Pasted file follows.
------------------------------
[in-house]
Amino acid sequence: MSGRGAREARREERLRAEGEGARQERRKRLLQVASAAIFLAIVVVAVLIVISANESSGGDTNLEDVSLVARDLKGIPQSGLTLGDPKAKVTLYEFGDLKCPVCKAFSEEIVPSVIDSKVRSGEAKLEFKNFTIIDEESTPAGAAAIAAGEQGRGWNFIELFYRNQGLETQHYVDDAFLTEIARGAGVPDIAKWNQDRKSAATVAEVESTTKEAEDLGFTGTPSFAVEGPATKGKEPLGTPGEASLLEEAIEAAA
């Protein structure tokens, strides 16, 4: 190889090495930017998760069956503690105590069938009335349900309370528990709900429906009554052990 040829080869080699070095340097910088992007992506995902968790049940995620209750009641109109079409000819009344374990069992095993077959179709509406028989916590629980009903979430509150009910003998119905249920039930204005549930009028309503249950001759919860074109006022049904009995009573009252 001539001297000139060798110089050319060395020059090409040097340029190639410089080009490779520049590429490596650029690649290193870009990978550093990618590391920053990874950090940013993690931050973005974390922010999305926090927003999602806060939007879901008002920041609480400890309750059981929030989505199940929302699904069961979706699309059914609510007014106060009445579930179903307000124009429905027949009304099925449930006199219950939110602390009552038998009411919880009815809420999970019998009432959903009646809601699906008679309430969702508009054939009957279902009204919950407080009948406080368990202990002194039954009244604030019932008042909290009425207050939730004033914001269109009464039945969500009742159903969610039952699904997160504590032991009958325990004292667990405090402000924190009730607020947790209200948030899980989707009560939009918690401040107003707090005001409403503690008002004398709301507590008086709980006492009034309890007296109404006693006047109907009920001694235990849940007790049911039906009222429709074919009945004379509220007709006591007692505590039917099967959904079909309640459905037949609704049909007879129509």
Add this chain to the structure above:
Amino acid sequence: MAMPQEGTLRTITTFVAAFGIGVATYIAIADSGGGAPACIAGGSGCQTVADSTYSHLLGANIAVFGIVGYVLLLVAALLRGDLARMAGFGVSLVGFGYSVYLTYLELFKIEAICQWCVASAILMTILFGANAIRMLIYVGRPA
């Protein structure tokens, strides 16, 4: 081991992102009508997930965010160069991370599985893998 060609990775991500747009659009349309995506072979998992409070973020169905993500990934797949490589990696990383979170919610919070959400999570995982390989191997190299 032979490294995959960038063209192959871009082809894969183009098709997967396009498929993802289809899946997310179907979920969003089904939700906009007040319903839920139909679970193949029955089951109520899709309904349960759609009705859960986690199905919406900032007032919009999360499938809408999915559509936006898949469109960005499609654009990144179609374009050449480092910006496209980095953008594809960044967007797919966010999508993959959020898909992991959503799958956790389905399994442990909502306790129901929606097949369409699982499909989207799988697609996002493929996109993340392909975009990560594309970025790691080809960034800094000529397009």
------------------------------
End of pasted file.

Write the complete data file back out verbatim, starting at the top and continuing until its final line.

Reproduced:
[in-house]
Amino acid sequence: MSGRGAREARREERLRAEGEGARQERRKRLLQVASAAIFLAIVVVAVLIVISANESSGGDTNLEDVSLVARDLKGIPQSGLTLGDPKAKVTLYEFGDLKCPVCKAFSEEIVPSVIDSKVRSGEAKLEFKNFTIIDEESTPAGAAAIAAGEQGRGWNFIELFYRNQGLETQHYVDDAFLTEIARGAGVPDIAKWNQDRKSAATVAEVESTTKEAEDLGFTGTPSFAVEGPATKGKEPLGTPGEASLLEEAIEAAA
């Protein structure tokens, strides 16, 4: 190889090495930017998760069956503690105590069938009335349900309370528990709900429906009554052990 040829080869080699070095340097910088992007992506995902968790049940995620209750009641109109079409000819009344374990069992095993077959179709509406028989916590629980009903979430509150009910003998119905249920039930204005549930009028309503249950001759919860074109006022049904009995009573009252 001539001297000139060798110089050319060395020059090409040097340029190639410089080009490779520049590429490596650029690649290193870009990978550093990618590391920053990874950090940013993690931050973005974390922010999305926090927003999602806060939007879901008002920041609480400890309750059981929030989505199940929302699904069961979706699309059914609510007014106060009445579930179903307000124009429905027949009304099925449930006199219950939110602390009552038998009411919880009815809420999970019998009432959903009646809601699906008679309430969702508009054939009957279902009204919950407080009948406080368990202990002194039954009244604030019932008042909290009425207050939730004033914001269109009464039945969500009742159903969610039952699904997160504590032991009958325990004292667990405090402000924190009730607020947790209200948030899980989707009560939009918690401040107003707090005001409403503690008002004398709301507590008086709980006492009034309890007296109404006693006047109907009920001694235990849940007790049911039906009222429709074919009945004379509220007709006591007692505590039917099967959904079909309640459905037949609704049909007879129509």
Add this chain to the structure above:
Amino acid sequence: MAMPQEGTLRTITTFVAAFGIGVATYIAIADSGGGAPACIAGGSGCQTVADSTYSHLLGANIAVFGIVGYVLLLVAALLRGDLARMAGFGVSLVGFGYSVYLTYLELFKIEAICQWCVASAILMTILFGANAIRMLIYVGRPA
């Protein structure tokens, strides 16, 4: 081991992102009508997930965010160069991370599985893998 060609990775991500747009659009349309995506072979998992409070973020169905993500990934797949490589990696990383979170919610919070959400999570995982390989191997190299 032979490294995959960038063209192959871009082809894969183009098709997967396009498929993802289809899946997310179907979920969003089904939700906009007040319903839920139909679970193949029955089951109520899709309904349960759609009705859960986690199905919406900032007032919009999360499938809408999915559509936006898949469109960005499609654009990144179609374009050449480092910006496209980095953008594809960044967007797919966010999508993959959020898909992991959503799958956790389905399994442990909502306790129901929606097949369409699982499909989207799988697609996002493929996109993340392909975009990560594309970025790691080809960034800094000529397009």